The work to restore the Koko Crater Stairs, also known as the Stairmaster to Hell, was completed in early July. The City and County of Honolulu announced that a new 71 square foot platform replaced the deteriorating metal grate platform to the tune of $426,800. The Kokonut Koalition had shamed the city into replacing the platform after volunteers restored the stairs at minimal expense. The city had originally planned to just remove the old platform.
The University of Hawaii (UH) is wrapped up its $30 million expansion of the Clarence T.C. Ching Athletics complex to raise seating capacity from 9,300 to the Division I minimum of 15,000 seats for the September 1st opener. UH was forced to upgrade its practice field to a Division I game field when Aloha Stadium was condemned in 2020. While UH scrambled to provide a home field for its football team, the state has not even demolished the rusted out and unusable stadium.
A lost sea turtle hatchling was recently rescued at a skate park and placed in the ocean. Hatchlings rely on moonlight and celestial light to find the shore when emerging from their nests. Apparently, this hatchling was one of fifty that became disoriented by artificial lights and headed mauka (towards the mountain) instead of makai (towards the ocean) while only seven of their siblings headed in the right direction. More sea turtles are nesting on Oahu and the biggest threat to the hatchlings is artificial light. Researchers encourage the public to refrain from using flashlights on the beach during nesting season and keep at least 10 feet from sea turtles and their nests. The city turned off the lights at Sandy Beach on Sunday in anticipation of hatchlings emerging from six honu nests. The lights will be turned back on when researchers verify that the eggs have hatched.
Tim and Tracey had to say good-bye to their dog Buddy after 14 years of loyal companionship. He brought great joy to the Stott-Kelley family over the years and will be sorely missed. Two days later, Tim and Tracey welcomed a new seven-month-old yellow-lab puppy into their home, appropriately named Buddy. While he can’t replace the first Buddy, he has both of them wrapped around his “giant” puppy paws.
Tim and Tracey have owned investment real estate for more than 20 years and Tim has lead Stott Property Management for the past 14 years. During that time, they have learned the value of hiring competent licensed professionals to manage investment real estate owned from a distance.
No Monthly Revenue: Stott Property Management, LLC has taken over accounts where the owner did not receive any income for months. In one extreme case, the owner had not received any income for almost a year without any communication from the property manager. The reasons for the lack of income ranged from excessive vacancies, failure to collect rent from dead-beat tenants, allowing friends and relatives to live in a unit rent-free, to outright fraud.
Monthly Statements: Your property manager should send you statements once per month at a minimum. These monthly statements should show your account balance at the beginning of the month, the amount of rent collected, all of the expenses paid on your behalf including the property management fees, the amount of the proceeds that you should have received, and the ending balance. Paid invoices for all the expenses that your property manager paid on your behalf should accompany the statements.
Communication: Effective, two-way communication is the linchpin for any successful investor / manager relationship. Communication comes in the form of financial statements, e-mail, phone calls, and face-to-face meetings. Tim and Tracey think that effective communication is so important in their business, that both Stott Real Estate, Inc. and Stott Property Management, LLC have full-time receptionists whose primary responsibility is to answer the phones. There is nothing more frustrating that being a customer that has to traverse “voice-mail hell” during normal business hours.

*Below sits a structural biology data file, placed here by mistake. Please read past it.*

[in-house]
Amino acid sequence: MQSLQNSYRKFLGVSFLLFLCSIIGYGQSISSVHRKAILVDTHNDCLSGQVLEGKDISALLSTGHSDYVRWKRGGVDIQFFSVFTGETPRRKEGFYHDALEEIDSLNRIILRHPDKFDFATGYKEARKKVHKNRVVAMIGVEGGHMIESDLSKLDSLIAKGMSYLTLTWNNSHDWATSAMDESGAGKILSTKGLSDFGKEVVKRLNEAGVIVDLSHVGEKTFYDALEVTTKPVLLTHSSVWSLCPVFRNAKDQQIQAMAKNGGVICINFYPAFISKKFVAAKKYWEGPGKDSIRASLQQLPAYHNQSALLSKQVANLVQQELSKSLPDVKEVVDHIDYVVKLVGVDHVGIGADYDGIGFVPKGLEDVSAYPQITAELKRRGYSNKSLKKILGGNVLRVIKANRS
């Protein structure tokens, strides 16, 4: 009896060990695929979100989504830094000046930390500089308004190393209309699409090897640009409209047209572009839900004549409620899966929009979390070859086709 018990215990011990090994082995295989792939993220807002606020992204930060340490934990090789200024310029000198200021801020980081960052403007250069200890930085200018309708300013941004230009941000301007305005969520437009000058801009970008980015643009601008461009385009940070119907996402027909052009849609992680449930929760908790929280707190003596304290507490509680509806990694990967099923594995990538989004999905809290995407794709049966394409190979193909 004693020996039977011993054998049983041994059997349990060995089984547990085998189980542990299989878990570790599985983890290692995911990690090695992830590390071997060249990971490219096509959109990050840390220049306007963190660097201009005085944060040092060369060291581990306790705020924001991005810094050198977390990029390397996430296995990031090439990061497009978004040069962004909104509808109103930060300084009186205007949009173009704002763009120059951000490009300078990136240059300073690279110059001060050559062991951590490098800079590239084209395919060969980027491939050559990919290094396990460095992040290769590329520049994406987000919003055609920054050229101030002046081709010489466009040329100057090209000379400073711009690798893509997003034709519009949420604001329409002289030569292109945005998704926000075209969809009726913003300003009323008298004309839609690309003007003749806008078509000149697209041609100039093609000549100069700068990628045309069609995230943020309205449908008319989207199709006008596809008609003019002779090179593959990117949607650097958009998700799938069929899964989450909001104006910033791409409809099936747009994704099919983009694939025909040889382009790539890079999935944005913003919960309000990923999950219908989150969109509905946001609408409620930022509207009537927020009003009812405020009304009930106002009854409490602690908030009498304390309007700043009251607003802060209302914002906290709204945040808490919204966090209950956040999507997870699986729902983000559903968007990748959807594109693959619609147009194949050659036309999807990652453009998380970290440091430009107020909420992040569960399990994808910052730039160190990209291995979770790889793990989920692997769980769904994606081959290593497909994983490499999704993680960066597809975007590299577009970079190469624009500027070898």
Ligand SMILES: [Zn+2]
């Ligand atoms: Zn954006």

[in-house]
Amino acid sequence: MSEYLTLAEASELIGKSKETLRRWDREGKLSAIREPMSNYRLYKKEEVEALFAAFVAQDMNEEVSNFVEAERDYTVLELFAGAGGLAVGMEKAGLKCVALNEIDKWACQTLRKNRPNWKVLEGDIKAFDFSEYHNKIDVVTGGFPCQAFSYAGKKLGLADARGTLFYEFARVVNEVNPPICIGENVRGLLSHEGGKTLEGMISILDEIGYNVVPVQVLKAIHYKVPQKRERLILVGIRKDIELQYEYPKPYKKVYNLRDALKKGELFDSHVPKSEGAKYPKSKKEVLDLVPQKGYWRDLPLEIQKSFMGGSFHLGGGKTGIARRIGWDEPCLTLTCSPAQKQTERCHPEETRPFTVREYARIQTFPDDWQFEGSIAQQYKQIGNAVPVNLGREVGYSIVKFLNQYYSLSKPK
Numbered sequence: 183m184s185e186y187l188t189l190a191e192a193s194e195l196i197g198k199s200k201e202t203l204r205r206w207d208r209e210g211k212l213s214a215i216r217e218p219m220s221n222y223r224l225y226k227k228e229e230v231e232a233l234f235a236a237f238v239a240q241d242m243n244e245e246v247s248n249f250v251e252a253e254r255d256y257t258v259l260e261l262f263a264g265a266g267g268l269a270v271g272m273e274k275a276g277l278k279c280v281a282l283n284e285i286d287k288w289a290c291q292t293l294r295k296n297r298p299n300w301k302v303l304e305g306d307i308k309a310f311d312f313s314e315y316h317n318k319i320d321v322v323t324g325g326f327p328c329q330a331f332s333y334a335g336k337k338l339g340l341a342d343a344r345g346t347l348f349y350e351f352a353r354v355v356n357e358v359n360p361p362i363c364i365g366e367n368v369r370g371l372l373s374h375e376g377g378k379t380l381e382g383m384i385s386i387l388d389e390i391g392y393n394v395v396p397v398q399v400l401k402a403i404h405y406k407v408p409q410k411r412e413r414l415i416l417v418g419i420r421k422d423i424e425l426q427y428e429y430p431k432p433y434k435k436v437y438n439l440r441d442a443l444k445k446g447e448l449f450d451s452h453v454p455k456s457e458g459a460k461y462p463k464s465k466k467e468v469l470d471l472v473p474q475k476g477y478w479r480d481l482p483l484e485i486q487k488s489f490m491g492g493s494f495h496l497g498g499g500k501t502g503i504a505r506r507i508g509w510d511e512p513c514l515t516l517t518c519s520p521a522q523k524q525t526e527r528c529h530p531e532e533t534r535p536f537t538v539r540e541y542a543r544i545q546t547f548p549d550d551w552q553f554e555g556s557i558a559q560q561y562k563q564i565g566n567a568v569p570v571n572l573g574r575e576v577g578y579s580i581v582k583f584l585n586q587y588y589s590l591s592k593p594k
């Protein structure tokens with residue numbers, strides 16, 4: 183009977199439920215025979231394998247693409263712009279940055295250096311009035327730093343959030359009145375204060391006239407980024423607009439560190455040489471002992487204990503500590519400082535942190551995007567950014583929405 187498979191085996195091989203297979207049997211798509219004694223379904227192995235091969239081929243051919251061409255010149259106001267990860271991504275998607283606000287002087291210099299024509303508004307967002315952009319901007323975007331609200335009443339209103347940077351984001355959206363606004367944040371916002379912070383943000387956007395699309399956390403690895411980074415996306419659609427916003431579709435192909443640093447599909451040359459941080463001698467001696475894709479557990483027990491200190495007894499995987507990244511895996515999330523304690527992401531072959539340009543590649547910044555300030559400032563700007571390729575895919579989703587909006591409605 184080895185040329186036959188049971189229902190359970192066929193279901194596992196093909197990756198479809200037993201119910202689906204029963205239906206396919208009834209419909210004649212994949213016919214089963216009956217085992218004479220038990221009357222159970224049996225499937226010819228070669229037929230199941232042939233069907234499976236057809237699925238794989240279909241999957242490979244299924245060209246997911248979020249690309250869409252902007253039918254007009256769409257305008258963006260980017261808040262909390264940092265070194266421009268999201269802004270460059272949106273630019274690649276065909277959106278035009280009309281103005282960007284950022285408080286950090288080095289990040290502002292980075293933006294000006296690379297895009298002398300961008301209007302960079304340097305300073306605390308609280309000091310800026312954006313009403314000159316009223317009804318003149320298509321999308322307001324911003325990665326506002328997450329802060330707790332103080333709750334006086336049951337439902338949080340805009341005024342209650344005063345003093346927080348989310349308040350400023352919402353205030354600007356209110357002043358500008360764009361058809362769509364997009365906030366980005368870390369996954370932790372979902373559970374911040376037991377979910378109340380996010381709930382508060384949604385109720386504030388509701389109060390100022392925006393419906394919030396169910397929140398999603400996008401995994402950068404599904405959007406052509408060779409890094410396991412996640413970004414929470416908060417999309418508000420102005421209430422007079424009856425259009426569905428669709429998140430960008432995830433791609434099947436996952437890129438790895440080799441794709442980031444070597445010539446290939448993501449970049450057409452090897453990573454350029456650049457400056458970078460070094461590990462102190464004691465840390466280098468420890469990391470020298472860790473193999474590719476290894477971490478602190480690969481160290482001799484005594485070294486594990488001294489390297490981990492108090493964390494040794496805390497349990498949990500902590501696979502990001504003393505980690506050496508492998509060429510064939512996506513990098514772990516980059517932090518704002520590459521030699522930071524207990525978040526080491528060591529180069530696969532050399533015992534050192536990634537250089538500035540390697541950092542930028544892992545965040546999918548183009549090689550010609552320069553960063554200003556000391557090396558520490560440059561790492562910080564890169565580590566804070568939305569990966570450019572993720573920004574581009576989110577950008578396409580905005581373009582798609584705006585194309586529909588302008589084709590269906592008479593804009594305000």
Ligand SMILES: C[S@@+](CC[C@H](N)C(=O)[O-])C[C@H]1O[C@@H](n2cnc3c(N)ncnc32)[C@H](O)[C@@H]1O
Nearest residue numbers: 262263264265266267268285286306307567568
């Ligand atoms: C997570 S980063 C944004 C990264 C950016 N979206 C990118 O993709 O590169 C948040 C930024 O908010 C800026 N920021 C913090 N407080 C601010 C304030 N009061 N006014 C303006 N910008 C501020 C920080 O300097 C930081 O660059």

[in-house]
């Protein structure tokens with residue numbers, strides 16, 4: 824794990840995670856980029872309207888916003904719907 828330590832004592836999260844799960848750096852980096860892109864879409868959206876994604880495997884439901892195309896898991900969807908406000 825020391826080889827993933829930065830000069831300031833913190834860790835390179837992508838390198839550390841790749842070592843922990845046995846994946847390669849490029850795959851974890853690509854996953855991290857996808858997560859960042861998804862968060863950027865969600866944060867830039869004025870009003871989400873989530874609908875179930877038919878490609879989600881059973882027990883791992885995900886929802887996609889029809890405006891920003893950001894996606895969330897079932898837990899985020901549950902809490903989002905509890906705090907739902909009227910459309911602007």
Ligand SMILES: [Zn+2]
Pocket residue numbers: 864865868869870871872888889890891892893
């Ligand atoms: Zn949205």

There are property managers that do everything possible to avoid phone calls and meetings. Uncomfortable and unpleasant conversations are part of the business since moving, money, and family issues are some of the most stressful situations that people deal with. Communication should be even more of a priority during a crisis and there could be a real problem if you aren’t hearing from your property manager.
Constant Turnover: Many larger property management companies have property managers that are independent contractors while centralizing their bookkeeping and maintenance services. One sign of potential problems in an office is a constant turnover of property managers resulting in someone new repeatedly taking over management of your property. Constant turnover can result in a loss of knowledge regarding your property and your investment can suffer if inexperienced managers take over.
Mergers: Some large companies on Oahu have merged over the past couple of years to consolidate operations and save money. Poorly executed mergers can result in operational chaos that can negatively impact your investment. You may want to consider a change if your company has been bought out or has merged several times and you are no longer receiving the level of service that you require.
Stott Property Management, LLC has taken over many accounts from property managers that raised one or more red flags. Their client’s calls either went unanswered or the property manager would make excuses for failing to return phone calls and e-mails and to why the statements were not being delivered. By the time Stott Property Management took over, the affected owners lost thousands of dollars in lost income for various reasons including outright fraud. Pay attention to the warning signs and start interviewing alternatives if your current property manager gives you reasons to be concerned.